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I'd like to have this kind of effect with OpenGL: http://www.escapemotions.com/experiments/flame/#top

There is an additive blending which seem to add brightness values: addition of red color gives white color.

(255,0,0) + (200,0,0) -> (255,100,100)

I could implement this using GLSL (converting the two colors into HSV space, adding the values, and ceverting back), but I'm wondering if there is a better way.

The flame painter is made with Processing (which I don't know well since I use openframeworks), how the effect is computed in Processing ?

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2 Answers

up vote 1 down vote accepted

Peter, the Flame Painter programmer here.

The lighten mode in Flame Painter is similar to Photoshop ADD blending mode, I am adding a small amount of color into all RGB channels.

Example (pseudocode):

color: C = (50, 20, 10) // RGB channels = 50, 20, 10
lighter color: C = C + C // RGB channels = 100, 40, 20
lighter color: C = C + C // RGB channels = 150, 60, 30
...

add the colors till it the color C became white. (255, 255, 255)

This method does not work if the color is pure red, blue, green, purple, yellow or magenta. Example for red color:

color: C = (50, 0, 0) // RGB channels = 50, 0, 0
lighter color: C = C + C // RGB channels = 100, 0, 0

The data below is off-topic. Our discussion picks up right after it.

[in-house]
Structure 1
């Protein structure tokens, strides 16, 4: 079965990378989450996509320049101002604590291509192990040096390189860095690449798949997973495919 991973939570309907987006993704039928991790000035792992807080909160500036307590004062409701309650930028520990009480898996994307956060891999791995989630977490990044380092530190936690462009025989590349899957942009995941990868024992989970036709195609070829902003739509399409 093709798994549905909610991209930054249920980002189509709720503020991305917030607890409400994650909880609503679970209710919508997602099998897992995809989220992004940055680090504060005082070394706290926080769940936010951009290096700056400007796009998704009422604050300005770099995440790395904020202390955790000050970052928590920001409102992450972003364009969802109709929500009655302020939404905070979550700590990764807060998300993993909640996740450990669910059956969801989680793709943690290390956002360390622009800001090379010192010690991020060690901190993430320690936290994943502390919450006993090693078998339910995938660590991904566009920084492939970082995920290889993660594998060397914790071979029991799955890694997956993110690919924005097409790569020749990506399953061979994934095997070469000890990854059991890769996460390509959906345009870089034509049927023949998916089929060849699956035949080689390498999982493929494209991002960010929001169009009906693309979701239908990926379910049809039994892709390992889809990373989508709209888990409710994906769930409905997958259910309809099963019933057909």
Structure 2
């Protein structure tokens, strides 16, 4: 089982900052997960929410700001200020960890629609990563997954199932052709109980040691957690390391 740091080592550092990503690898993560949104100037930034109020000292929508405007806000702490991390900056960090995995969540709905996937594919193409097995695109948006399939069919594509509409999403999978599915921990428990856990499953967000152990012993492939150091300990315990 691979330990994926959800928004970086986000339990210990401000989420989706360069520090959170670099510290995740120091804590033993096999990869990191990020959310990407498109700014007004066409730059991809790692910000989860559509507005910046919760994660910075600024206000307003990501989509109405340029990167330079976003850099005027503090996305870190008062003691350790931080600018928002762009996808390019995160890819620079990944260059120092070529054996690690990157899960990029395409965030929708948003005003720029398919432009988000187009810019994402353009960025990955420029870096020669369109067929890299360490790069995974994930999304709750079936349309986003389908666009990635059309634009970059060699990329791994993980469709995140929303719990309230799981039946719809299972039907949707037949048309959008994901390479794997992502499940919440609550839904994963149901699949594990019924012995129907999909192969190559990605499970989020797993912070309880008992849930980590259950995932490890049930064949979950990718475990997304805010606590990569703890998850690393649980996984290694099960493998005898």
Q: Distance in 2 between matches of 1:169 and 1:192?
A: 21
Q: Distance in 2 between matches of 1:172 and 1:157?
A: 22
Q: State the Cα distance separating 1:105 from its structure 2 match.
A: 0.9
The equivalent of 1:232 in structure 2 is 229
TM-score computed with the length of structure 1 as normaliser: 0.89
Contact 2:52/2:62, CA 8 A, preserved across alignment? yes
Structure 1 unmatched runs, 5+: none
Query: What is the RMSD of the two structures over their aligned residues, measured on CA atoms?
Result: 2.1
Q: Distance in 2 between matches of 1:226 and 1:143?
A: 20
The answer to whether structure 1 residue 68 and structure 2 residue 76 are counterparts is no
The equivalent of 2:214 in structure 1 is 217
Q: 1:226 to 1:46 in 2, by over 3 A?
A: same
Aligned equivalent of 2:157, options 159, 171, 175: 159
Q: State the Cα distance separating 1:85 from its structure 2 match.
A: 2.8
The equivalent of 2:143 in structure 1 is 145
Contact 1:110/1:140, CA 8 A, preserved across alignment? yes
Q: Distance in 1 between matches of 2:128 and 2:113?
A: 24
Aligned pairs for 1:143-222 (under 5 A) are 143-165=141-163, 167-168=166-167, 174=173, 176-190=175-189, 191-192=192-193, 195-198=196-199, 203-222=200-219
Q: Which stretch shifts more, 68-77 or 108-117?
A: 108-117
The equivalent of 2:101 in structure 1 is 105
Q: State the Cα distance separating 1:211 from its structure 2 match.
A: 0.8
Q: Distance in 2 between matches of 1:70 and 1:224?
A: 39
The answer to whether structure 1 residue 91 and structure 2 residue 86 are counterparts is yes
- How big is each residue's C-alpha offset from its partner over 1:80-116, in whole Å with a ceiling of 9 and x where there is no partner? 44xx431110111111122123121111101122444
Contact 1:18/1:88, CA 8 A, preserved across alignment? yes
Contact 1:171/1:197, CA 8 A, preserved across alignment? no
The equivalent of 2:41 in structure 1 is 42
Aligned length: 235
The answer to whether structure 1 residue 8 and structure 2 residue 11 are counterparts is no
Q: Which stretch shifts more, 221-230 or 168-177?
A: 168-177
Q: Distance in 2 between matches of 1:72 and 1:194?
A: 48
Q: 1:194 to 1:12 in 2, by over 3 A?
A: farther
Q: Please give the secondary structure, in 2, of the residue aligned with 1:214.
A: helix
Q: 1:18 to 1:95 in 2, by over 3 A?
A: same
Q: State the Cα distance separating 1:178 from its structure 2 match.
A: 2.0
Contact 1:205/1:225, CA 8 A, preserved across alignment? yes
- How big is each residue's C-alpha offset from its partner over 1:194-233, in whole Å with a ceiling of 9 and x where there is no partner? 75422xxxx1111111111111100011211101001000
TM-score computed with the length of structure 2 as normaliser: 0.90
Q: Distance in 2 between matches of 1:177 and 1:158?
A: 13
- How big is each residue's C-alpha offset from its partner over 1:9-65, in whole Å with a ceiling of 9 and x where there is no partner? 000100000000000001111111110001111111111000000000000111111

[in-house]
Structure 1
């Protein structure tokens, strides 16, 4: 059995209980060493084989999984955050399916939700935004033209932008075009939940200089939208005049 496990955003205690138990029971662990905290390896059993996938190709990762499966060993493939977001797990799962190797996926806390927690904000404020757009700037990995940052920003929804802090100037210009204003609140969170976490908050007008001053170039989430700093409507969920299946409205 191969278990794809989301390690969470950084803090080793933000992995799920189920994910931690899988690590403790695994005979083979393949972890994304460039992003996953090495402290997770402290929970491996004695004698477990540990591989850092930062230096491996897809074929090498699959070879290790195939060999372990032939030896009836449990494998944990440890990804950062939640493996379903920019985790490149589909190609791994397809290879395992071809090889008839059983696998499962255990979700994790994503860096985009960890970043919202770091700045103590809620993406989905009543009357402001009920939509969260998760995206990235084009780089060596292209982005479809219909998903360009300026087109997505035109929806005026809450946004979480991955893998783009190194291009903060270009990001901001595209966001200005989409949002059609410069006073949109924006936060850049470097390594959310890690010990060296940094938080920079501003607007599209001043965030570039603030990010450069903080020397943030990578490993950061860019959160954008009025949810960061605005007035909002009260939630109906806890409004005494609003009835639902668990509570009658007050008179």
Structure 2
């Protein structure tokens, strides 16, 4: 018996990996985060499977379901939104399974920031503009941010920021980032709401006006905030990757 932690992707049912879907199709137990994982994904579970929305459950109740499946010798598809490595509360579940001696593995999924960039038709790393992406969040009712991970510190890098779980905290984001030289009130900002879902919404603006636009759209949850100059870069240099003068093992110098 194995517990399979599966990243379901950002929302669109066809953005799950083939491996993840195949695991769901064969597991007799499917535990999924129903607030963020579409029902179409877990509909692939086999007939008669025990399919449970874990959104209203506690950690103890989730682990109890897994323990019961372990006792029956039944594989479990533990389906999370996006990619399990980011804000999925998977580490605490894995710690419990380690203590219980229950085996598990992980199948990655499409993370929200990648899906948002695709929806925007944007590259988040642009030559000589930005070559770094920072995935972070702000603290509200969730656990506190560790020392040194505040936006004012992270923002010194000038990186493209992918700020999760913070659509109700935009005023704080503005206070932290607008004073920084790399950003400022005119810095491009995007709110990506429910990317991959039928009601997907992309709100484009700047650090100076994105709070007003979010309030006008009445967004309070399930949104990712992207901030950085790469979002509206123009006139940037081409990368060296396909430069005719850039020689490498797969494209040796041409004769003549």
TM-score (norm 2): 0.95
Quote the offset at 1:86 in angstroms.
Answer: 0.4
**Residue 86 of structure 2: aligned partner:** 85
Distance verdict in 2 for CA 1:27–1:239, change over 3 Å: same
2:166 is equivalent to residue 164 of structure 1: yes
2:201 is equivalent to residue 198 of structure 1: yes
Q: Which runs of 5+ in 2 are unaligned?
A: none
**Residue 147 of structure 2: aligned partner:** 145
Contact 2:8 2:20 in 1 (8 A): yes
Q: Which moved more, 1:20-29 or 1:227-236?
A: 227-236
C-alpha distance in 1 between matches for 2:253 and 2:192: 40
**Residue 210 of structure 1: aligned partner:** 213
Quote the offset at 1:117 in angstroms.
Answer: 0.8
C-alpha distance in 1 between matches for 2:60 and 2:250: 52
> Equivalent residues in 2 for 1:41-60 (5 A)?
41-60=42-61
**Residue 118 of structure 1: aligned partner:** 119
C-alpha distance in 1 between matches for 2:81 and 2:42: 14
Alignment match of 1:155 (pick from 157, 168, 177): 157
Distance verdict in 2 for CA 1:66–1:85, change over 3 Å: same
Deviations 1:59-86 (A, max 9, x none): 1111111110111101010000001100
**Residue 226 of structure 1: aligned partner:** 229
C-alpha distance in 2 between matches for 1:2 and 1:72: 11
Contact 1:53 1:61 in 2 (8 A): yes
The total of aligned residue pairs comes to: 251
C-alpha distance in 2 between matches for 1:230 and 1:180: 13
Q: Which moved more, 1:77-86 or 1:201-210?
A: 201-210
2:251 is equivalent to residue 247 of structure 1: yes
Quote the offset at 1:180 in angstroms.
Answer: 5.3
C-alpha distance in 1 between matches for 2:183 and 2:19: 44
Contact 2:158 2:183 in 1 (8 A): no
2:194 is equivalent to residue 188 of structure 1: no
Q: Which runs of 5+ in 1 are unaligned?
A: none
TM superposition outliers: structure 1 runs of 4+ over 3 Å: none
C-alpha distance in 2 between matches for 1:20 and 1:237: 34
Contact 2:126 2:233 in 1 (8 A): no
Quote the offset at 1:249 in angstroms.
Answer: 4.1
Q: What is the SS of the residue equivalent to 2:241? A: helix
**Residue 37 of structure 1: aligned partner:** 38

lighter color: C = C + C // RGB channels = 150, 0, 0
...

the brightest color will be red. (255, 0, 0)

that's why I add a small amount (1 pigment) to channels where the default color is 0. Example:

color: C = (50, 1, 1) // RGB channels = 50, 1, 1
lighter color: C = C + C // RGB channels = 100, 2, 2
lighter color: C = C + C // RGB channels = 150, 3, 3
...

and the brightest color will be white again. (255, 255, 255)

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Blend modes are implemented as part of the Processing API: http://processing.org/reference/blendMode_.html

Internally, this uses GL if the renderer is a GL renderer (glBlendFunc(GL_SRC_ALPHA, GL_ONE)), otherwise it uses the same math GL uses:

private static int blend_add_pin(int a, int b) {
    int f = (b & ALPHA_MASK) >>> 24;

    return (low(((a & ALPHA_MASK) >>> 24) + f, 0xff) << 24 |
        low(((a & RED_MASK) + ((b & RED_MASK) >> 8) * f), RED_MASK) & RED_MASK |
        low(((a & GREEN_MASK) + ((b & GREEN_MASK) >> 8) * f), GREEN_MASK) & GREEN_MASK |
        low((a & BLUE_MASK) + (((b & BLUE_MASK) * f) >> 8), BLUE_MASK));
}

(from PImage.java)

As to "if there is a better way", the nice thing about using GL is that it happens on the GPU rather than the CPU. So, doing the math yourself as demonstrated above will be slower than letting the GL blend mode supported by your graphics card do its magic.

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When I add two red colors (255,0,0) with glBlendFunc(GL_SRC_ALPHA, GL_ONE), I get a red color: andersriggelsen.dk/glblendfunc.php I would like to obtain a lighter red, like here escapemotions.com/experiments/flame when I select pure red. Maybe it's not only pure openGL blending, but the center of the flame ends up being white independently of which color is under it. –  arthur.sw May 21 '13 at 15:14
    
The color escapemotions.com/experiments/flame depends possibly on the particles' positions. It seems the closer they are from the cursor, the whitest it is. That would explain this effect without any special blending. –  arthur.sw Jun 5 '13 at 20:59
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